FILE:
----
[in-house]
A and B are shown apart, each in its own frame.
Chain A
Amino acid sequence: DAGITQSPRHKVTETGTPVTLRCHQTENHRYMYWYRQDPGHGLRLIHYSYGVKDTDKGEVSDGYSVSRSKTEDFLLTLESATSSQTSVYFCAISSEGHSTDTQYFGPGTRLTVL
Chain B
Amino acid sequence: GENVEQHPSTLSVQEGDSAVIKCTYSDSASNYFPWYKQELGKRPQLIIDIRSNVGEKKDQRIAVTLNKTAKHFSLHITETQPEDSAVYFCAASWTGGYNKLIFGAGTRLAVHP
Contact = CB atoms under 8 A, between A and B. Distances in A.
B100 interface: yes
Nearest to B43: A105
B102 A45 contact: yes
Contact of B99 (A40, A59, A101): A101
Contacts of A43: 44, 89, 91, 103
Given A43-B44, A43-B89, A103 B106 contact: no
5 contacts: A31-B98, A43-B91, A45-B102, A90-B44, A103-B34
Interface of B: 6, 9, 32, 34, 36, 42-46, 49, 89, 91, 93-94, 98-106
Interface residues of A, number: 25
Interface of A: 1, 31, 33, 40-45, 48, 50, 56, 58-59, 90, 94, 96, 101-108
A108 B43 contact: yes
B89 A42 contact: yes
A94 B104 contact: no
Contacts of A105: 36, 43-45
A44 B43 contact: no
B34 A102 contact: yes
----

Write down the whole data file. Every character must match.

[in-house]
A and B are shown apart, each in its own frame.
Chain A
Amino acid sequence: DAGITQSPRHKVTETGTPVTLRCHQTENHRYMYWYRQDPGHGLRLIHYSYGVKDTDKGEVSDGYSVSRSKTEDFLLTLESATSSQTSVYFCAISSEGHSTDTQYFGPGTRLTVL
Chain B
Amino acid sequence: GENVEQHPSTLSVQEGDSAVIKCTYSDSASNYFPWYKQELGKRPQLIIDIRSNVGEKKDQRIAVTLNKTAKHFSLHITETQPEDSAVYFCAASWTGGYNKLIFGAGTRLAVHP
Contact = CB atoms under 8 A, between A and B. Distances in A.
B100 interface: yes
Nearest to B43: A105
B102 A45 contact: yes
Contact of B99 (A40, A59, A101): A101
Contacts of A43: 44, 89, 91, 103
Given A43-B44, A43-B89, A103 B106 contact: no
5 contacts: A31-B98, A43-B91, A45-B102, A90-B44, A103-B34
Interface of B: 6, 9, 32, 34, 36, 42-46, 49, 89, 91, 93-94, 98-106
Interface residues of A, number: 25
Interface of A: 1, 31, 33, 40-45, 48, 50, 56, 58-59, 90, 94, 96, 101-108
A108 B43 contact: yes
B89 A42 contact: yes
A94 B104 contact: no
Contacts of A105: 36, 43-45
A44 B43 contact: no
B34 A102 contact: yes